Alan Rickman is a British actor who can segue effortlessly as Professor Skape in the Harry Potter franchise, to a collection of diverse characters in the likes of the original Die Hard, Love Actually, Truly, Madly, Deeply, Sense and Sensibility and the unforgettable Galaxy Quest.
Rickman is in New York for the premiere of his latest film, Snow Cake, in which he re-teams with Sigourney Weaver in a slice-of-life drama in which he plays a traumatized car accident victim. Rickman took time out of s hectic schedule to talk to Paul Fischer.
Question: Is it a refreshing pace for you to go from a Harry Potter to a Snow Cake?
Rickman: Variety is definitely one of life's spices.
Question: What's your best take on Alex Hughes, your character in Snow Cake?
Rickman: There was a screening of Snow Cake during which at one point Niv Fichman the producer said of Alex 'he's just doing his best isn't he'.
Question: This is a very intense character, someone filled with such trauma. What difficulties did you have getting into him?
Rickman: My first scene on the film was helped by being soaking wet, through the night, outside, in the cold.
Question: Was this a character you found easy or difficult to identify with? How?
Rickman: Not just for me no. It has already been proved to connect very strongly with an audience.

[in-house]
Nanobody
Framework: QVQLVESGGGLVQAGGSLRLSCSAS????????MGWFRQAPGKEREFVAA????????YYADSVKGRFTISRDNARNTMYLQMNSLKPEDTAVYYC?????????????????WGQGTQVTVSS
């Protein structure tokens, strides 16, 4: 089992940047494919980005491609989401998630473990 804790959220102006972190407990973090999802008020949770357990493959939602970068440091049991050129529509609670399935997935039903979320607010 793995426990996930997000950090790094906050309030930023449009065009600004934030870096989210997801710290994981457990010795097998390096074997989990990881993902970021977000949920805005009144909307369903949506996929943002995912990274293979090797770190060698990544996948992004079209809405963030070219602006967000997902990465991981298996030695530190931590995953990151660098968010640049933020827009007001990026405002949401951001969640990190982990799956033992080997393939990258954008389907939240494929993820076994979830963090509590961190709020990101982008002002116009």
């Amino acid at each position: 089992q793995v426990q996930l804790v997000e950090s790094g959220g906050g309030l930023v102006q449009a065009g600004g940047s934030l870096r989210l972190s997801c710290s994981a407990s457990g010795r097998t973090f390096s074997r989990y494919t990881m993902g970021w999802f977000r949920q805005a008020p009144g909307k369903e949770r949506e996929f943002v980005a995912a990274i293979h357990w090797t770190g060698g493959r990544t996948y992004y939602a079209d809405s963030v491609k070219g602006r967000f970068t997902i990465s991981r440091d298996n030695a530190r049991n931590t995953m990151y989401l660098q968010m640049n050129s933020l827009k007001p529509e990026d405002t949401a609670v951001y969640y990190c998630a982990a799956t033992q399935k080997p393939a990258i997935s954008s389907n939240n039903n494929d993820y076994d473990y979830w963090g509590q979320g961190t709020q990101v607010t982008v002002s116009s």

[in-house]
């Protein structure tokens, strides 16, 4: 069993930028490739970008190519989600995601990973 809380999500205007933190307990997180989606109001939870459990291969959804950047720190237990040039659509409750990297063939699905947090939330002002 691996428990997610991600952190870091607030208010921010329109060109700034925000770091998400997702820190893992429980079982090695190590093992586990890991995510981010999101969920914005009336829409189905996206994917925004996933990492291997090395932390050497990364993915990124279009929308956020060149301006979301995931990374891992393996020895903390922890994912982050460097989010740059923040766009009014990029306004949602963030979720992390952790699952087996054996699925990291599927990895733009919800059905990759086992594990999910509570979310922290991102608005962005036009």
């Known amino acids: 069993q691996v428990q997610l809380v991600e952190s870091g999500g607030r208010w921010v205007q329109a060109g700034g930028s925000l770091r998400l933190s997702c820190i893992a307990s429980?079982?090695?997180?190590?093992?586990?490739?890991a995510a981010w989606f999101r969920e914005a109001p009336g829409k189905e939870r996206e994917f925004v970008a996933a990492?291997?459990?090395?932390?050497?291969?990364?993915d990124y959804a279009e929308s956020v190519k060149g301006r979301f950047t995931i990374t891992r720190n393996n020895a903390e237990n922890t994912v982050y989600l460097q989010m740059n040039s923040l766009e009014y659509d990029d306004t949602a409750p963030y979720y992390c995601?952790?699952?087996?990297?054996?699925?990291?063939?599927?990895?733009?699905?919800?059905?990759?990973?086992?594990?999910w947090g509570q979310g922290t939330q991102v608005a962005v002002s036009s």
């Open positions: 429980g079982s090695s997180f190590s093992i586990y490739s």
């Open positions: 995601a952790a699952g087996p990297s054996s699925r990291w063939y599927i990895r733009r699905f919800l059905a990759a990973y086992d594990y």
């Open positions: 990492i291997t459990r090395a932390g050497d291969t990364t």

Question: These emotionally complex dramas aren't an easy sell. You clearly choose something such as this purely for yourself, yes?
Rickman: Acting is largely instinctive and reactive. Alex knows nothing and learns everything, which in a way is the metaphorical answer for this question.
Question: Now when you first signed on for the first Potter film, did you have any expectations?
Rickman: I think Harry Potter should remain the secret domain of children of all ages of course) for as long as possible.
Question: Talk about Sweeney Todd. Who do you play and how exciting is it for you to be part of this dark musical?
Rickman: I play Judge Turpin. It's been great to do. Stephen Sondheim is a genius and Tim Burton is no slouch either.
Question: Will we see you strut your musical talents?
Rickman: You will certainly have to put up with my singing.
Question: Are you still attached to The Villa Golitsyn? What is that?
Rickman: Yes, it's a great script. Peter Medak will direct, we hope.
Question: What's next?
Rickman: Nobel Son is still to come out and I hope to be doing a new film from its director Randall Miller this summer.